History Teaching, Nationhood and the State. By Robert Phillips. Cassell pound;16.99
Who would have thought that the teaching of history would make interesting history in itself? This book exemplifies good history writing - clear, well researched and thought-provoking, within a driving narrative.
Starting in the early years of the century, Robert Phillips summarises the "pedagogic discourse" of history teaching through to the "New History" of the 1980s and the New Right's "discourse of derision" which sought to destroy it. The book then focuses on the ensuing battle over the national curriculum. Phillips analyses the political conflict, cataloguing the muddled nature of government policies, the vacillating between imposition and consultation, and the ultimate teacher subversion of the history orders.
For young teachers who may not have experienced these events, this is essential reading; historians, more than anyone else, know that you cannot properly understand what you are doing unless you understand where you have come from.
For older teachers who, like myself, lived through the Great Debate, the book offers an objective review of the past. I remember a busy time of committees and conferences when I thought I was defending history. Phillips's account offers a slightly less heady perspective. With the benefit of hindsight, we seem to have been more like bit players in a school production - occasionally dragged on to the stage to boo or to cheer.
For Phillips, a modified New History, retaining elements of historical relativism and historians' skills, emerged the victor - though somewhat battered and considerably compromised.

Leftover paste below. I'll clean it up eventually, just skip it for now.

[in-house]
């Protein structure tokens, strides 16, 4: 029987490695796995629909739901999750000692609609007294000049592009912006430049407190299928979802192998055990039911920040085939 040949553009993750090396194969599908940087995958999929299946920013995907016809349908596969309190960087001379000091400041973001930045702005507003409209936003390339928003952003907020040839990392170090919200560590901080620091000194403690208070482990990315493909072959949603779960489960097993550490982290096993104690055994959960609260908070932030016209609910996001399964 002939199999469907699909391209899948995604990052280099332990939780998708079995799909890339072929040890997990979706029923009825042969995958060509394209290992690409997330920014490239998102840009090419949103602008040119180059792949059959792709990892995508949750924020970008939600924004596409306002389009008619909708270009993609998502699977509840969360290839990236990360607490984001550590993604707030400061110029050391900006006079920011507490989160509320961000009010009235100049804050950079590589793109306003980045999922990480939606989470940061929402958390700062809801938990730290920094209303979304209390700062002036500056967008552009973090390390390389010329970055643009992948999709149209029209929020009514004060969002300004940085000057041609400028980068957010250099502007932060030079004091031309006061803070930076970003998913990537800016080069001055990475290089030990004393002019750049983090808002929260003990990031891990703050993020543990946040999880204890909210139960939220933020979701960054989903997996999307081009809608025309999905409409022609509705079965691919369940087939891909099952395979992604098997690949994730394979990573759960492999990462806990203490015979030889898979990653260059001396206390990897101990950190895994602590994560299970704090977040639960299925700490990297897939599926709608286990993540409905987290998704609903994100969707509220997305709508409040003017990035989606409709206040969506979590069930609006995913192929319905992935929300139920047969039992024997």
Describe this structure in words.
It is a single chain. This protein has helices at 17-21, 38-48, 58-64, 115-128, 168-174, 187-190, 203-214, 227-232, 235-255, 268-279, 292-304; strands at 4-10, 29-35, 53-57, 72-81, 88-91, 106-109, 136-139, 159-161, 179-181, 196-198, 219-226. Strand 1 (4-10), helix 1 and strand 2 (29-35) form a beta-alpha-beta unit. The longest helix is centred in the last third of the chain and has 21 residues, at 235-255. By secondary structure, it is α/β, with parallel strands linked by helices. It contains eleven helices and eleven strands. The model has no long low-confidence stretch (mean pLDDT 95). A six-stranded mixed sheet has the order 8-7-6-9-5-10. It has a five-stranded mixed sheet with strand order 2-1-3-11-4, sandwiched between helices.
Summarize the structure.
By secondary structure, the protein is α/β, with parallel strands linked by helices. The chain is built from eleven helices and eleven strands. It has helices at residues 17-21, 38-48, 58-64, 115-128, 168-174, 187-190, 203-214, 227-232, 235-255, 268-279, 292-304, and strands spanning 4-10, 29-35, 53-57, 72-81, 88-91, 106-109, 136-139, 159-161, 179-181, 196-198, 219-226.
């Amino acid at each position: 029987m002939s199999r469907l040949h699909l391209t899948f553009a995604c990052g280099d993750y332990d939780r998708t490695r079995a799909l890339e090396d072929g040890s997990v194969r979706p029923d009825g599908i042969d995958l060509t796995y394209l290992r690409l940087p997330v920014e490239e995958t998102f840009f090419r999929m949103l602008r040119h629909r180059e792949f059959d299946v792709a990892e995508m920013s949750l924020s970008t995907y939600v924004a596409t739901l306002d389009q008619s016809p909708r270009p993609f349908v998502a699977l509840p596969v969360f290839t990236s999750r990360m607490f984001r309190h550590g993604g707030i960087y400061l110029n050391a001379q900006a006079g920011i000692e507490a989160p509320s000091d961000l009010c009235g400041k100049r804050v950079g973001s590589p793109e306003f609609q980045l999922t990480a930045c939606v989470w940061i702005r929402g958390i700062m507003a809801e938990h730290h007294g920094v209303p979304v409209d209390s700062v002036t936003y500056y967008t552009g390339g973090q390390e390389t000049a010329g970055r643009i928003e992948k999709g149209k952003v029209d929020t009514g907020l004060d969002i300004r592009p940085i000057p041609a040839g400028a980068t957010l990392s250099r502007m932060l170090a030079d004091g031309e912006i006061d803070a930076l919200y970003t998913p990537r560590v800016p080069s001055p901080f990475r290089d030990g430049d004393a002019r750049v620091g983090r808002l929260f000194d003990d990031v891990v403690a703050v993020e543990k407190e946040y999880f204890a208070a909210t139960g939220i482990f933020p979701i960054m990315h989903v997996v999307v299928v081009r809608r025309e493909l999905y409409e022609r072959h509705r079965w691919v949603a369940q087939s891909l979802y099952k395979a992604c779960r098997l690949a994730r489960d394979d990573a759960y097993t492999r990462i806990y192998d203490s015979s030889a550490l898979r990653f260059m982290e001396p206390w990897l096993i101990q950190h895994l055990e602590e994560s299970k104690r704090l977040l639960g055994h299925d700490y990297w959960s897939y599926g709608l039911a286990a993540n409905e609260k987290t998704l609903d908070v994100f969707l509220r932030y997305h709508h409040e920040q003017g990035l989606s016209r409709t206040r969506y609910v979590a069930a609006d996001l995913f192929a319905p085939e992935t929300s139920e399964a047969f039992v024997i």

At the time, this seemed no mean feat, particularly when you realise that in 1992 the history committee at the School Examinations and Assessment Council included Robert Skidelsky, Anthony Freeman and Chris McGovern.
It is impossible to establish an assessable hierarchy of factual knowledge, and history is so palpably about causation, development and the use of sources, that the Left was bound to win the intellectual argument.
Like Protestantism in Tudor England, the key principles of the New History had embedded themselves so deeply that the more the government tried to root them out, the more teachers embraced them. Consequently, like Tudor Protestantism, the ultimate survival of the New History appears within Phillips' narrative as both miraculous and inevitable at the same time.
"Why can't we go back to the good old days when we learnt by heart the names of the kings and queens of England, the names of our warriors and battles and the glorious deeds of our past?" asked Sir John Stokes in 1990. Newspapers bewailed the loss of national heroes such as Guy Fawkes and Nelson. But who says that war hero Nelson is more important than Mary Seacole, the black Florence Nightingale? Where you lay your emphasis depends on what history you're tracing, and why. It is inevitable that each generation will re-interpret history in terms of its own values and will choose its own heroes. Mrs Thatcher and a lot of arguably important people wanted to appropriate history to re-establish an ethos of elitism within an Anglo-centric culture. Phillips shows how, by political manoeuvre and, in the end, by diluting the national curriculum in the classroom, we thwarted her. So who's important now?
The New Right claimed they wanted to preserve Britain's heritage. But they missed the point. What is most wonderful about "our island heritage" is its tradition of political and intellectual freedom - which gives me the right to decide for myself who or what is important in Britain's history. And I must teach in such a way as to allow my pupils to decide whether the defining influence in British history was Lord Nelson.
John D Clare is head of history at Greenfield comprehensive school, Newton Aycliffe, County Durham